Entertaining, though not in the league of J.K. Rowling—or even Anne Rice. But please, people: no more vamps and wizards, OK?

A DISCOVERY OF WITCHES

From the All Souls Trilogy series , Vol. 1

Harry Potter meets Lestat de Lioncourt. Throw in a time machine, and you’ve got just about everything you need for a full-kit fantasy.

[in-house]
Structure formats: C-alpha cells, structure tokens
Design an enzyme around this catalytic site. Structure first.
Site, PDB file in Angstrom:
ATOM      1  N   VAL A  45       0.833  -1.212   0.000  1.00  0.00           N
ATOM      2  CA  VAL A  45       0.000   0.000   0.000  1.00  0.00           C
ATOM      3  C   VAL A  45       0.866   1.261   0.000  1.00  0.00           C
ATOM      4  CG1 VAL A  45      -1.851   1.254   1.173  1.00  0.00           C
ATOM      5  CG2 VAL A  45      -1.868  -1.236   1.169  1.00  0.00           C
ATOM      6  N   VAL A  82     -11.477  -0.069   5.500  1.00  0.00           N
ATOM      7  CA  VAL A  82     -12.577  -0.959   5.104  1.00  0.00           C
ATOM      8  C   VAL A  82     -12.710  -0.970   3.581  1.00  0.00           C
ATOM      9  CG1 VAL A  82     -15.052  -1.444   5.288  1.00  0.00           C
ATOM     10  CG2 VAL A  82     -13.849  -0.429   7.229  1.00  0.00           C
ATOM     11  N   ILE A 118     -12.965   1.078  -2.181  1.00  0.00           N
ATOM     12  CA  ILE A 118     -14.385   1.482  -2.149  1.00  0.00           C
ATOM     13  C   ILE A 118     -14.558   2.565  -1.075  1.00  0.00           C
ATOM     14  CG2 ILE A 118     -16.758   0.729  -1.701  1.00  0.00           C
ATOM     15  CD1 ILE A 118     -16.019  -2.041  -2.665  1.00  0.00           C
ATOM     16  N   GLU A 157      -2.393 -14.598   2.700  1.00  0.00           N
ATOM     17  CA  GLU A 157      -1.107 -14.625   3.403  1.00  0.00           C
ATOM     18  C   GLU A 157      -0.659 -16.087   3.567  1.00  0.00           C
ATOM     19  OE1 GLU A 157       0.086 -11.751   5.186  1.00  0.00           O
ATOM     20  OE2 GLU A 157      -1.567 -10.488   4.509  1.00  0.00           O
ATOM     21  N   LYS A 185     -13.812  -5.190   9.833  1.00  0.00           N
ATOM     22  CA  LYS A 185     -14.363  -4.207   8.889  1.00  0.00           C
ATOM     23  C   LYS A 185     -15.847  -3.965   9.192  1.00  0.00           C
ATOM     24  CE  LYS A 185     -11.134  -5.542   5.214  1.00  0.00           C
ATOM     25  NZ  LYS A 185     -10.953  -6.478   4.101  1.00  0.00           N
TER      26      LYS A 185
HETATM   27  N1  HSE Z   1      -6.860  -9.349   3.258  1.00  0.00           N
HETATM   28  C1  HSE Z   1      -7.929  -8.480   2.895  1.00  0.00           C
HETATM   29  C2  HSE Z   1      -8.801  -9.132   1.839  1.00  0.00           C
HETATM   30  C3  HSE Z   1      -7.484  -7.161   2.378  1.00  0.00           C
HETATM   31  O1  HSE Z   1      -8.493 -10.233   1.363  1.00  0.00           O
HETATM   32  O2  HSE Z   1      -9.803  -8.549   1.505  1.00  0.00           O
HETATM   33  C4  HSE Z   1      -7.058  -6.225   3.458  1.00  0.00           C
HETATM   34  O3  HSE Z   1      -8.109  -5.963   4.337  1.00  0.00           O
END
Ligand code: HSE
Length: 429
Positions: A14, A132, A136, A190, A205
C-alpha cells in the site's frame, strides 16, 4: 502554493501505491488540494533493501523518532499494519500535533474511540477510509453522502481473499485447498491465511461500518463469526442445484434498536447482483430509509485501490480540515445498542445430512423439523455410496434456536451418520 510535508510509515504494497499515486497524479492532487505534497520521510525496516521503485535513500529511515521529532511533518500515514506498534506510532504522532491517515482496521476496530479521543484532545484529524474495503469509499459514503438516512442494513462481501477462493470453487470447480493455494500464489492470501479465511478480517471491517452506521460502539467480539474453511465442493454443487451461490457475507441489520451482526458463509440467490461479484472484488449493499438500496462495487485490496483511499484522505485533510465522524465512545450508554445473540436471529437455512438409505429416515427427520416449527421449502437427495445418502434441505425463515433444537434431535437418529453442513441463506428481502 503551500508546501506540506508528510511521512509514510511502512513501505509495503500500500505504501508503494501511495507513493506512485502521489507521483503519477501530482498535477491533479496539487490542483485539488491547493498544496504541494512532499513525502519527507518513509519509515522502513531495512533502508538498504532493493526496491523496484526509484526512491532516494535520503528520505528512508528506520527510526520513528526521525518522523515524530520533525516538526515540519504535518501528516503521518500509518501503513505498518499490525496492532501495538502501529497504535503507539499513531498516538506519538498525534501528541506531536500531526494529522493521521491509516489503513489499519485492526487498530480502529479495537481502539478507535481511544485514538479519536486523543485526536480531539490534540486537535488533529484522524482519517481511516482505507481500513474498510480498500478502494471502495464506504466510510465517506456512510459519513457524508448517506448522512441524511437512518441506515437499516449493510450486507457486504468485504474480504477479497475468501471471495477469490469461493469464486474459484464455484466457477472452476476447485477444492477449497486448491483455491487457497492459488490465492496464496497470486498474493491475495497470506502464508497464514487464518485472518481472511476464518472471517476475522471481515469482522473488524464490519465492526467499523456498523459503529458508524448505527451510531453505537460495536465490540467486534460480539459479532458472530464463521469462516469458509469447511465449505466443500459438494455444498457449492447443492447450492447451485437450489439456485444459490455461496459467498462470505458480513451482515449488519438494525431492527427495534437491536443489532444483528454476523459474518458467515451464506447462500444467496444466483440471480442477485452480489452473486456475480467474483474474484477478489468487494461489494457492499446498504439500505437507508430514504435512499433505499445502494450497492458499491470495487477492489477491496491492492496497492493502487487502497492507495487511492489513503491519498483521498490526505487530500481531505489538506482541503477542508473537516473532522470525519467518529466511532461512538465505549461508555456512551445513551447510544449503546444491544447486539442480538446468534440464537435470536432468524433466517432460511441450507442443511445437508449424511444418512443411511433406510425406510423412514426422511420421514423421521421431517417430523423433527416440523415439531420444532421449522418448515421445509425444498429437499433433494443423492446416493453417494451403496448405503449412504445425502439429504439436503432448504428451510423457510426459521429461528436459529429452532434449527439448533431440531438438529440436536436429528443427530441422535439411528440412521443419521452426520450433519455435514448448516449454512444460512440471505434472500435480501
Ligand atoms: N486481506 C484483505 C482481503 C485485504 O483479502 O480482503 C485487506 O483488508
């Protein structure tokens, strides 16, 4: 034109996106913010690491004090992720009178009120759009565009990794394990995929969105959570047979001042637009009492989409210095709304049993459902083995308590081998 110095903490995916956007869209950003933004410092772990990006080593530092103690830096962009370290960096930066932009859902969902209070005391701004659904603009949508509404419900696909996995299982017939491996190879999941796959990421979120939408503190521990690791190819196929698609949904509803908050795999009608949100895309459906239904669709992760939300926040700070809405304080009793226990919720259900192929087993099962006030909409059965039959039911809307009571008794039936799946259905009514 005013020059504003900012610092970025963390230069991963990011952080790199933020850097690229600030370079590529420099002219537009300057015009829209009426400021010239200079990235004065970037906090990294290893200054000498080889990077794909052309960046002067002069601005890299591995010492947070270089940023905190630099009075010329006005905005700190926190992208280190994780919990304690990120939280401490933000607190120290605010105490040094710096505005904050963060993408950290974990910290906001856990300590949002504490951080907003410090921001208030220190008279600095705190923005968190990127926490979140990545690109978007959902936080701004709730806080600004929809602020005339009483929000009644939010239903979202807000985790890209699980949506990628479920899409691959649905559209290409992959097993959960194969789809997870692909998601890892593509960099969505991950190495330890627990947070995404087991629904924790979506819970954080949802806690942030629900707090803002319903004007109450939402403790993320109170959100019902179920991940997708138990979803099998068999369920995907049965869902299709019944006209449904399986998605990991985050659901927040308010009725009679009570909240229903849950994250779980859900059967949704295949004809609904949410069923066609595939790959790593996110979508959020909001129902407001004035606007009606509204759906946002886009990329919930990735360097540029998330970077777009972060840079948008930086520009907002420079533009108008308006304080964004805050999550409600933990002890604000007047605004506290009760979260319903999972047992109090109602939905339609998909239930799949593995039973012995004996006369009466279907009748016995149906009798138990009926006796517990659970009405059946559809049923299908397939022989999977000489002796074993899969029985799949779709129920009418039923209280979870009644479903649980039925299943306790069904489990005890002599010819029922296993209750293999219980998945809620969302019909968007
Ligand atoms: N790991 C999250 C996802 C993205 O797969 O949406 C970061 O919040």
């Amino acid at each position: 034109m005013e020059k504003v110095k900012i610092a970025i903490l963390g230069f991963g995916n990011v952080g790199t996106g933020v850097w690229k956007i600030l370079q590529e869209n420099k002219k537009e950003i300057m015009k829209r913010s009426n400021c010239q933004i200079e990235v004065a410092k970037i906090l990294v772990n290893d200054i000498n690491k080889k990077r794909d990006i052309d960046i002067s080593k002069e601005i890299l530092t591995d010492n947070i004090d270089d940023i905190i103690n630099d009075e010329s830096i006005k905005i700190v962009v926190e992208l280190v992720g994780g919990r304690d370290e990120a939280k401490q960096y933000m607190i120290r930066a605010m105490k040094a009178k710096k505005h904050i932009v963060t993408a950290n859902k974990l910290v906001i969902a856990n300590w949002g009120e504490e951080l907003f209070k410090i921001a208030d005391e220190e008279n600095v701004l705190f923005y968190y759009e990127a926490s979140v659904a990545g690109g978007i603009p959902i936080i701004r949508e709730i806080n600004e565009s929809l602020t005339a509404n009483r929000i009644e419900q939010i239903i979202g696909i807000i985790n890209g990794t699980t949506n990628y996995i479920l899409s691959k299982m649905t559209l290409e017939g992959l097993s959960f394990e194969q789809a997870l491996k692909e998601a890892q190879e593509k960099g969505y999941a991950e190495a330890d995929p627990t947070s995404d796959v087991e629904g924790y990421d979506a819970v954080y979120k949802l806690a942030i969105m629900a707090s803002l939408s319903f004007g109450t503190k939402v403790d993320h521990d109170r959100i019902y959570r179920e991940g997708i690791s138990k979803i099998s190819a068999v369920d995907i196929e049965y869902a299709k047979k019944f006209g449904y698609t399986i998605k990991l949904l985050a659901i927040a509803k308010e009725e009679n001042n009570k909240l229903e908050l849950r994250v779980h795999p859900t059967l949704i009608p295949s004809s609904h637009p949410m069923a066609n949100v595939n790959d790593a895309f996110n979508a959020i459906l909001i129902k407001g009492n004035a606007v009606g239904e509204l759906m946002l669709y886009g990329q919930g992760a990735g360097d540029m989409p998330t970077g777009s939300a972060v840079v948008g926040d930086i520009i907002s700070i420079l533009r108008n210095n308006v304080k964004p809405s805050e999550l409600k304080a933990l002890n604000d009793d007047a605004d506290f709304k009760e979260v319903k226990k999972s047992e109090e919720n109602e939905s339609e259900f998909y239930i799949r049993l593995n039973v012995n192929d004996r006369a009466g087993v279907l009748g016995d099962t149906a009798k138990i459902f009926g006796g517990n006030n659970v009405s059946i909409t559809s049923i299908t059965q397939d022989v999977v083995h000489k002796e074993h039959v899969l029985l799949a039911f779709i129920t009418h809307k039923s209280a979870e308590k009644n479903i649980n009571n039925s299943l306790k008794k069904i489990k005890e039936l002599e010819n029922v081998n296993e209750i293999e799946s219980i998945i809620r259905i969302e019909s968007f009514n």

The protagonist is a witch. Her beau is a vampire. If you accept the argument that we’ve seen entirely too many of both kinds of characters in contemporary fiction, then you’re not alone. Yet, though Harkness seems to be arriving very late to a party that one hopes will soon break up, her debut novel has its merits; she writes well, for one thing, and, as a historian at the University of Southern California, she has a scholarly bent that plays out effectively here. Indeed, her tale opens in a library—and not just any library, but the Bodleian at Oxford, pride of England and the world. Diana Bishop is both tenured scholar and witch, and when her book-fetcher hauls up a medieval treatise on alchemy with “a faint, iridescent shimmer that seemed to be escaping from between the pages,” she knows what to do with it. Unfortunately, the library is crammed with other witches, some of malevolent intent, and Diana soon finds that books can be dangerous propositions. She’s a bit of a geek, and not shy of bragging, either, as when she trumpets the fact that she has “a prodigious, photographic memory” and could read and write before any of the other children of the coven could. Yet she blossoms, as befits a bodice-ripper no matter how learned, once neckbiter and renowned geneticist Matthew Clairmont enters the scene. He’s a smoothy, that one, “used to being the only active participant in a conversation,” smart and goal-oriented, and a valuable ally in the great mantomachy that follows—and besides, he’s a pretty good kisser, too. “It’s a vampire thing,” he modestly avers.